The investigators believe that this improved method of chest closure will become a new standard of care for patients undergoing open-heart surgery. Fedak has started training surgeons in other Canadian and European hospitals where it is rapidly gaining popularity.
KryptoniteTM is approved for use in Canada (Health Canada), USA (FDA), and Europe (CE Mark). This pilot study has been supported in part by Doctor's Research Group Inc.
Jordanna Heller | EurekAlert!
The personality factor: How to foster the sharing of research data
06.09.2017 | ZBW – Leibniz-Informationszentrum Wirtschaft
Europe’s Demographic Future. Where the Regions Are Heading after a Decade of Crises
10.08.2017 | Berlin-Institut für Bevölkerung und Entwicklung
At the productronica trade fair in Munich this November, the Fraunhofer Institute for Laser Technology ILT will be presenting Laser-Based Tape-Automated Bonding, LaserTAB for short. The experts from Aachen will be demonstrating how new battery cells and power electronics can be micro-welded more efficiently and precisely than ever before thanks to new optics and robot support.
Fraunhofer ILT from Aachen relies on a clever combination of robotics and a laser scanner with new optics as well as process monitoring, which it has developed...
Plants and algae use the enzyme Rubisco to fix carbon dioxide, removing it from the atmosphere and converting it into biomass. Algae have figured out a way to increase the efficiency of carbon fixation. They gather most of their Rubisco into a ball-shaped microcompartment called the pyrenoid, which they flood with a high local concentration of carbon dioxide. A team of scientists at Princeton University, the Carnegie Institution for Science, Stanford University and the Max Plank Institute of Biochemistry have unravelled the mysteries of how the pyrenoid is assembled. These insights can help to engineer crops that remove more carbon dioxide from the atmosphere while producing more food.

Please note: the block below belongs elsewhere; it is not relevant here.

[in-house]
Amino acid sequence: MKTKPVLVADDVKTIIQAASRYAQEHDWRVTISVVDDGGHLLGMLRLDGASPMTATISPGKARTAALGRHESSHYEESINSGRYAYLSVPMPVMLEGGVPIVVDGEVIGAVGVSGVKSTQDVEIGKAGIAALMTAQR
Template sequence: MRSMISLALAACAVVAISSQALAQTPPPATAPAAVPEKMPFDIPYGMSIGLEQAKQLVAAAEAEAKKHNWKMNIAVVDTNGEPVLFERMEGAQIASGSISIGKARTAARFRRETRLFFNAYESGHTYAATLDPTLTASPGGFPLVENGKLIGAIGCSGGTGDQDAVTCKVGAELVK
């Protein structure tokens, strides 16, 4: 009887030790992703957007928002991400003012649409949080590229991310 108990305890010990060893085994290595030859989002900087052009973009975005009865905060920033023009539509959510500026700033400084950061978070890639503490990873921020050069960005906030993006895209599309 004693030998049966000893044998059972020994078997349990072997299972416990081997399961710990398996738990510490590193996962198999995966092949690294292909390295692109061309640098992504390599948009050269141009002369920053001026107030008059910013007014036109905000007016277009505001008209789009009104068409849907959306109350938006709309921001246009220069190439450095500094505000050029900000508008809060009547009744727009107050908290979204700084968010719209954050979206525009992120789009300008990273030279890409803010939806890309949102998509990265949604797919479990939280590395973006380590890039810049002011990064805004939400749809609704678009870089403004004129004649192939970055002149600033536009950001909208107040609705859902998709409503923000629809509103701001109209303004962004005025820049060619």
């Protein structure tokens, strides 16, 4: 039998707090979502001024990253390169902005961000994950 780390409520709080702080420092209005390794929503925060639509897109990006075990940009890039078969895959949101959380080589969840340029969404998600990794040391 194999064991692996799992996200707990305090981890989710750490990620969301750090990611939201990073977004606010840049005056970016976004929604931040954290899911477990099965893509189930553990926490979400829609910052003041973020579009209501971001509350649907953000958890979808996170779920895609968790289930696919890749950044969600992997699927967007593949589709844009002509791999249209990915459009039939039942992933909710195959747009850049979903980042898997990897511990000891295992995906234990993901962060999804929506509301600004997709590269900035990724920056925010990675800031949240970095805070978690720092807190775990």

A warming planet
Our brains house extremely complex neuronal circuits, whose detailed structures are still largely unknown. This is especially true for the so-called cerebral cortex of mammals, where among other things vision, thoughts or spatial orientation are being computed. Here the rules by which nerve cells are connected to each other are only partly understood. A team of scientists around Moritz Helmstaedter at the Frankfiurt Max Planck Institute for Brain Research and Helene Schmidt (Humboldt University in Berlin) have now discovered a surprisingly precise nerve cell connectivity pattern in the part of the cerebral cortex that is responsible for orienting the individual animal or human in space.
The researchers report online in Nature (Schmidt et al., 2017. Axonal synapse sorting in medial entorhinal cortex, DOI: 10.1038/nature24005) that synapses in...
Whispering gallery mode (WGM) resonators are used to make tiny micro-lasers, sensors, switches, routers and other devices. These tiny structures rely on a...
Using ultrafast flashes of laser and x-ray radiation, scientists at the Max Planck Institute of Quantum Optics (Garching, Germany) took snapshots of the briefest electron motion inside a solid material to date. The electron motion lasted only 750 billionths of the billionth of a second before it fainted, setting a new record of human capability to capture ultrafast processes inside solids!
When x-rays shine onto solid materials or large molecules, an electron is pushed away from its original place near the nucleus of the atom, leaving a hole...
19.09.2017 | Event News
12.09.2017 | Event News
06.09.2017 | Event News
25.09.2017 | Power and Electrical Engineering
25.09.2017 | Health and Medicine
25.09.2017 | Physics and Astronomy